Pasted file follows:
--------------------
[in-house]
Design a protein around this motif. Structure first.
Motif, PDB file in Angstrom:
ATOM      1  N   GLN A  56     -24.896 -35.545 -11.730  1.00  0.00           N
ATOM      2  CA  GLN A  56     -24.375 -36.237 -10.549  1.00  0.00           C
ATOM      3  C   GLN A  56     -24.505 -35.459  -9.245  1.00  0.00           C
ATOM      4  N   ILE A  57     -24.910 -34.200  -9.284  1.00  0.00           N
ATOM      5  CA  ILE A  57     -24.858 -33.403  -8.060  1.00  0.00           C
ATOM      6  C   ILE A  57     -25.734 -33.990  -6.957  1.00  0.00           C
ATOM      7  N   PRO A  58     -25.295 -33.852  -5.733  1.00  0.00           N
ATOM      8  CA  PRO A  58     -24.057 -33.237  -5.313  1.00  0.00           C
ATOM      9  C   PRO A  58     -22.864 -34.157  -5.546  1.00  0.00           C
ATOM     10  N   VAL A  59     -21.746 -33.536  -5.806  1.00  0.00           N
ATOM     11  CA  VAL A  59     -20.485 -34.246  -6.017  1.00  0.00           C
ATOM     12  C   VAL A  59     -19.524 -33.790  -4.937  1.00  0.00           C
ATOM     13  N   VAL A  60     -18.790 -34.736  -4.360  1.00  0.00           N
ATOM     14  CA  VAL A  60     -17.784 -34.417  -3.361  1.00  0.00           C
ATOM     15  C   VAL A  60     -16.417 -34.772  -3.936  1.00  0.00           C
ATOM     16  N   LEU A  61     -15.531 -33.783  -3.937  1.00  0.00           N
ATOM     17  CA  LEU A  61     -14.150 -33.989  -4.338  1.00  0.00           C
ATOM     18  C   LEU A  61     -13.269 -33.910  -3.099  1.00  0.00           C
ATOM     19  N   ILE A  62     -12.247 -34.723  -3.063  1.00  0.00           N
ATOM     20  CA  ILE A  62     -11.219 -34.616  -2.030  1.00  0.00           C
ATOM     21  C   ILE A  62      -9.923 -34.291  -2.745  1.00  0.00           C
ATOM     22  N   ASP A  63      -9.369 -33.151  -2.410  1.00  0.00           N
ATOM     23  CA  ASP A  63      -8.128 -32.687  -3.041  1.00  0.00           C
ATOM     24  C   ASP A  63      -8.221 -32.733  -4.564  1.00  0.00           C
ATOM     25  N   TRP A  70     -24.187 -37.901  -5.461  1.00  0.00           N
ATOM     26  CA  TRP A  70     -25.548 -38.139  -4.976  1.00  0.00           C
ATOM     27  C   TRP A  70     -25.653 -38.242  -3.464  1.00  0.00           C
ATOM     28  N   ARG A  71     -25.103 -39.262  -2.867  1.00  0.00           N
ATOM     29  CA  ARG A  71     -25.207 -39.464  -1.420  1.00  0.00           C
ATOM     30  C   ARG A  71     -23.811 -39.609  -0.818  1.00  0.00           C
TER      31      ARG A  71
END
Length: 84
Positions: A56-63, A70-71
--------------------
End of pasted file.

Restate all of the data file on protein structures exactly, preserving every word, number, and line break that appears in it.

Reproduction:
[in-house]
Design a protein around this motif. Structure first.
Motif, PDB file in Angstrom:
ATOM      1  N   GLN A  56     -24.896 -35.545 -11.730  1.00  0.00           N
ATOM      2  CA  GLN A  56     -24.375 -36.237 -10.549  1.00  0.00           C
ATOM      3  C   GLN A  56     -24.505 -35.459  -9.245  1.00  0.00           C
ATOM      4  N   ILE A  57     -24.910 -34.200  -9.284  1.00  0.00           N
ATOM      5  CA  ILE A  57     -24.858 -33.403  -8.060  1.00  0.00           C
ATOM      6  C   ILE A  57     -25.734 -33.990  -6.957  1.00  0.00           C
ATOM      7  N   PRO A  58     -25.295 -33.852  -5.733  1.00  0.00           N
ATOM      8  CA  PRO A  58     -24.057 -33.237  -5.313  1.00  0.00           C
ATOM      9  C   PRO A  58     -22.864 -34.157  -5.546  1.00  0.00           C
ATOM     10  N   VAL A  59     -21.746 -33.536  -5.806  1.00  0.00           N
ATOM     11  CA  VAL A  59     -20.485 -34.246  -6.017  1.00  0.00           C
ATOM     12  C   VAL A  59     -19.524 -33.790  -4.937  1.00  0.00           C
ATOM     13  N   VAL A  60     -18.790 -34.736  -4.360  1.00  0.00           N
ATOM     14  CA  VAL A  60     -17.784 -34.417  -3.361  1.00  0.00           C
ATOM     15  C   VAL A  60     -16.417 -34.772  -3.936  1.00  0.00           C
ATOM     16  N   LEU A  61     -15.531 -33.783  -3.937  1.00  0.00           N
ATOM     17  CA  LEU A  61     -14.150 -33.989  -4.338  1.00  0.00           C
ATOM     18  C   LEU A  61     -13.269 -33.910  -3.099  1.00  0.00           C
ATOM     19  N   ILE A  62     -12.247 -34.723  -3.063  1.00  0.00           N
ATOM     20  CA  ILE A  62     -11.219 -34.616  -2.030  1.00  0.00           C
ATOM     21  C   ILE A  62      -9.923 -34.291  -2.745  1.00  0.00           C
ATOM     22  N   ASP A  63      -9.369 -33.151  -2.410  1.00  0.00           N
ATOM     23  CA  ASP A  63      -8.128 -32.687  -3.041  1.00  0.00           C
ATOM     24  C   ASP A  63      -8.221 -32.733  -4.564  1.00  0.00           C
ATOM     25  N   TRP A  70     -24.187 -37.901  -5.461  1.00  0.00           N
ATOM     26  CA  TRP A  70     -25.548 -38.139  -4.976  1.00  0.00           C
ATOM     27  C   TRP A  70     -25.653 -38.242  -3.464  1.00  0.00           C
ATOM     28  N   ARG A  71     -25.103 -39.262  -2.867  1.00  0.00           N
ATOM     29  CA  ARG A  71     -25.207 -39.464  -1.420  1.00  0.00           C
ATOM     30  C   ARG A  71     -23.811 -39.609  -0.818  1.00  0.00           C
TER      31      ARG A  71
END
Length: 84
Positions: A56-63, A70-71